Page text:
One of the Park City (our fancy-schmancy mountain resort town) elementary schools just announced that the entire school would be a peanut-free zone. One of their new little students is violently allergic to tree nuts--to the point that exposure could kill him.
The outrage was immediate.
Our Local Conservative Radio Talk Show Host went on the offensive, bewailing the Constitutional right of little children to bring peanut butter sandwiches to schools, about sweet elderly grannies deprived of packing homemade peanut butter cookies into lunch sacks. Then, more ominously about what the PUNISHMENT for bringing tree nuts to school could be--suspension? Actually being EXPELLED FOR EATING A SNICKERS BAR ON SCHOOL GROUNDS? The calls were what you'd expect: indignant folk hissing that "that kid should just stay home!" And "why does everything have to change for THAT kid?" And "who do his parents think they are, ANYWAY?"
(Editor's note: in defense of Doug Wright, L.C.R.T.S.H.--he's a good guy. He treads a narrow line. He has a clunky sense of humour, sort of like your dorky uncle at Thanksgiving, but he's pretty smart and reads a great deal.)
I'm sure the natural response here is indignation that someone has the NERVE to expect the school to change everything for ONE kid.
Don't you think (or as a parent, don't you already know) that EVERY child ends up with some kind of special provision? Our children are unique. They battle challenges that were rare when we were young.
Autism has gone from 1 in every 10,000 children in 1980 to 1 in every 133 today.
ADHD and ADD diagnoses tripled in the 1990's, and quadrupled in the first decade of 2000.
Asthma and allergies have skyrocketed. For any parent staring at their child's chest and willing it to rise and fall will tell you that an allergy isn't a fashionable way to "get attention." (Another caller's opinion.)
This doesn't even take into account the myriad ways that we now know about how children learn--visual learners, kids who retain information through movement, those who read words that make sense when printed only on mauve paper.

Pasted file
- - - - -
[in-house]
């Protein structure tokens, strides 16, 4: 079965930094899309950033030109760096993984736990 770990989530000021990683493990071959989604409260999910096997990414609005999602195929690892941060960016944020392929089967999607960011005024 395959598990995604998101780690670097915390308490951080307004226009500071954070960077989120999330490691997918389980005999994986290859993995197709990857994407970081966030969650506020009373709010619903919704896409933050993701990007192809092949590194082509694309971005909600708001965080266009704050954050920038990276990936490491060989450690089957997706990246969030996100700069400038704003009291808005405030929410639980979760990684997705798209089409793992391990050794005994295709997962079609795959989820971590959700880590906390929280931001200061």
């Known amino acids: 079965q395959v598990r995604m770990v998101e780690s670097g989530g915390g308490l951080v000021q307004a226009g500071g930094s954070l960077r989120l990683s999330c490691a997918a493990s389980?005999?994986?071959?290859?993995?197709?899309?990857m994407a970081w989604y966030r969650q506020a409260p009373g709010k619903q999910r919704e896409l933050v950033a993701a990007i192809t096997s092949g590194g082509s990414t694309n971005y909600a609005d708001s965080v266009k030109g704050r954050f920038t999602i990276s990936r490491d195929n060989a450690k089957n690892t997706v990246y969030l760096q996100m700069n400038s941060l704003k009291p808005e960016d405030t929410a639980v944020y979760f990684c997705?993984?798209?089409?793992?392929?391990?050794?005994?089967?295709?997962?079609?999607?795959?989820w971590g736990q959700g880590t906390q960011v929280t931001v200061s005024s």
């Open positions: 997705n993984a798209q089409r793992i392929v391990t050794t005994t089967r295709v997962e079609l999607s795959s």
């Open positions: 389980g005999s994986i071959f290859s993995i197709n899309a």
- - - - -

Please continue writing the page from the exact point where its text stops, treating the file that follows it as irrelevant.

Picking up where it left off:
EVERY KID WILL NEED SPECIAL HELP.
My twins have gone to a strict peanut-free preschool, kindergarten and now elementary school. It has never been any sort of hardship or trauma--except for the time I forgot a Almond Joy stuck in my MacLean's pocket. I was horrified that I could have put his little classmate in danger. Talk about winning Totally Suck Mother Of The Month.
I got depressed hearing the pleasure, the self-righteousness in these "adult" voices when they talked about excluding the little allergy dude. How he should "just stay home." And when the time comes when THEIR kid needs special help, should THEY "just stay home?"
This isn't about inconvenience. This is about tolerance. Civility. Kindness. Patience. Aren't these the things we want our children to learn? Will this peanut-free ban really deprive any child of their Constitutional, God-Given right to a peanut butter sandwich? (Editor's note: cue the patriotic music, I'm the one in the corner throwing up in my mouth.)
Upon occasion, my twins require special assistance. The Todd and I do a great deal to show our appreciation to the school for their kindness and flexibility. We try to make their requirements as minimally intrusive as possible. We are deeply, deeply appreciative of our beautiful school and the lovely souls and hearts that teach and learn within it. If your kid does need special help, I think it behooves you to show appreciation and repayment of the Karmic debt whenever possible. I think sincere appreciation instead of a strident "that's our legal RIGHT!" works wonders.
I volunteered in my twin's class last year and watched as one little guy paced back and forth while the teacher talked about pronouns. It's the only way he could keep from exploding behaviorally. But, he learned. Another little girl was doodling as Miss Karen spoke. Her doodles were pictures that helped her understand the concept of "pronoun."
It was a little messy. A little noisy. And incredibly beautiful.